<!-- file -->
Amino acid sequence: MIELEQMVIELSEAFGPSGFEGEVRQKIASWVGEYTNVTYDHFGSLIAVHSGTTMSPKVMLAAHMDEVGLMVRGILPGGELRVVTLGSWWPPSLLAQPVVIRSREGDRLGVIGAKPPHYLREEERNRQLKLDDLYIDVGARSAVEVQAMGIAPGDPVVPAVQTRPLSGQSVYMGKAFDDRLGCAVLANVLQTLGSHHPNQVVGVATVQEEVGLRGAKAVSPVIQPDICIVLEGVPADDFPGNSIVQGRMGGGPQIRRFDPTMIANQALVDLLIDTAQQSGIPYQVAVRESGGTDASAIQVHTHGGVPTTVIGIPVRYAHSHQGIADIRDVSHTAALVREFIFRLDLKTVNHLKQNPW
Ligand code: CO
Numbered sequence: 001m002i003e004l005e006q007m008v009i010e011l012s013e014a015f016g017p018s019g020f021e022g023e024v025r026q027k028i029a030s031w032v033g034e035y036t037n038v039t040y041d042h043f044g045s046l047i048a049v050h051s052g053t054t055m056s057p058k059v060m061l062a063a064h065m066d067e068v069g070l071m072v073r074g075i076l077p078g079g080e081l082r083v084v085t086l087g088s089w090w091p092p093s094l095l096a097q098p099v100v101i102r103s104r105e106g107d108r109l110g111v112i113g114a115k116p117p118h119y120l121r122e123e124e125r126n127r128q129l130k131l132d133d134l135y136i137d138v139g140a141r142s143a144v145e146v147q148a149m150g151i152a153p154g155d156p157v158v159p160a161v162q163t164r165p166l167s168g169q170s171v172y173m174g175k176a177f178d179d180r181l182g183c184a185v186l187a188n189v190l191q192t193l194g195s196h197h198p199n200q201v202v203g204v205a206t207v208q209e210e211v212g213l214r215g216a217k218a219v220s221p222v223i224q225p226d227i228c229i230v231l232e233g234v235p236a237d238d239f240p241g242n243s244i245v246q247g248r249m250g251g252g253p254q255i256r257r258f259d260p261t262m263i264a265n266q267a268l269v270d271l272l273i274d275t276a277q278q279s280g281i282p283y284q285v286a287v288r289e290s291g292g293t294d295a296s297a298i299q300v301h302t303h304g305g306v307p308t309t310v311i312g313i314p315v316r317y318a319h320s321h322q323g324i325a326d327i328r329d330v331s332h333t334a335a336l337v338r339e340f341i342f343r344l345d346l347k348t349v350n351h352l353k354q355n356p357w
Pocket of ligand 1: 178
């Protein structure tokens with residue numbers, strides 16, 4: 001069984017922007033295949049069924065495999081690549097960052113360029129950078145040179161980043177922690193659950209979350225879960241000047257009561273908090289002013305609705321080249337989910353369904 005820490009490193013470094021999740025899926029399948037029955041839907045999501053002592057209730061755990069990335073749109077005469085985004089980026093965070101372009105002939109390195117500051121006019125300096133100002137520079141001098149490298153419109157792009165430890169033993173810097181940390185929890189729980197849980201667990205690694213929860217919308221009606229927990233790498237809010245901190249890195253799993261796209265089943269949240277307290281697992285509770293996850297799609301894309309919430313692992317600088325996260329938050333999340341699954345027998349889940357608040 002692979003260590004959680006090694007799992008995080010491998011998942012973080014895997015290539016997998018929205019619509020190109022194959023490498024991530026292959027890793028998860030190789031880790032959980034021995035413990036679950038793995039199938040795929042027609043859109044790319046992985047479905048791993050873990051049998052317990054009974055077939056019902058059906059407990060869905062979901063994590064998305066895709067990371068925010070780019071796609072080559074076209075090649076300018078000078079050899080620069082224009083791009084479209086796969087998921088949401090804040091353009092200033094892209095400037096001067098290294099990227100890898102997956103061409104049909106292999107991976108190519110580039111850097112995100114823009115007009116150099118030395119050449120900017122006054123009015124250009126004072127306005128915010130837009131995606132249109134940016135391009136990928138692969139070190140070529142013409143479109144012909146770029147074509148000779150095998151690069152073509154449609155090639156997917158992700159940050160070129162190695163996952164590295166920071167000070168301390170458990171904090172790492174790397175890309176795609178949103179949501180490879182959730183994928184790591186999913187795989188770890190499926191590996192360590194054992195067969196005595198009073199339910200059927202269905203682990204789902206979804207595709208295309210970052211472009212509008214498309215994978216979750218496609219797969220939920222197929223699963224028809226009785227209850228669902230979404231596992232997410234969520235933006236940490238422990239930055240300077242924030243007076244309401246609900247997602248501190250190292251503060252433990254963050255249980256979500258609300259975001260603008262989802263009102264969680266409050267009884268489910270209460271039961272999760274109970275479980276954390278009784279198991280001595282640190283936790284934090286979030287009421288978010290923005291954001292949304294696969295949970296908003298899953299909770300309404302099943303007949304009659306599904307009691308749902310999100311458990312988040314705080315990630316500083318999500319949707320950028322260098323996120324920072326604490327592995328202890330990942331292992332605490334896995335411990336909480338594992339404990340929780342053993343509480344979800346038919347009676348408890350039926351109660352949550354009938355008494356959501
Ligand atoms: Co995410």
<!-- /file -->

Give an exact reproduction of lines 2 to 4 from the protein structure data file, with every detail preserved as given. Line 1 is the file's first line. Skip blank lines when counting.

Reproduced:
Ligand code: CO
Numbered sequence: 001m002i003e004l005e006q007m008v009i010e011l012s013e014a015f016g017p018s019g020f021e022g023e024v025r026q027k028i029a030s031w032v033g034e035y036t037n038v039t040y041d042h043f044g045s046l047i048a049v050h051s052g053t054t055m056s057p058k059v060m061l062a063a064h065m066d067e068v069g070l071m072v073r074g075i076l077p078g079g080e081l082r083v084v085t086l087g088s089w090w091p092p093s094l095l096a097q098p099v100v101i102r103s104r105e106g107d108r109l110g111v112i113g114a115k116p117p118h119y120l121r122e123e124e125r126n127r128q129l130k131l132d133d134l135y136i137d138v139g140a141r142s143a144v145e146v147q148a149m150g151i152a153p154g155d156p157v158v159p160a161v162q163t164r165p166l167s168g169q170s171v172y173m174g175k176a177f178d179d180r181l182g183c184a185v186l187a188n189v190l191q192t193l194g195s196h197h198p199n200q201v202v203g204v205a206t207v208q209e210e211v212g213l214r215g216a217k218a219v220s221p222v223i224q225p226d227i228c229i230v231l232e233g234v235p236a237d238d239f240p241g242n243s244i245v246q247g248r249m250g251g252g253p254q255i256r257r258f259d260p261t262m263i264a265n266q267a268l269v270d271l272l273i274d275t276a277q278q279s280g281i282p283y284q285v286a287v288r289e290s291g292g293t294d295a296s297a298i299q300v301h302t303h304g305g306v307p308t309t310v311i312g313i314p315v316r317y318a319h320s321h322q323g324i325a326d327i328r329d330v331s332h333t334a335a336l337v338r339e340f341i342f343r344l345d346l347k348t349v350n351h352l353k354q355n356p357w
Pocket of ligand 1: 178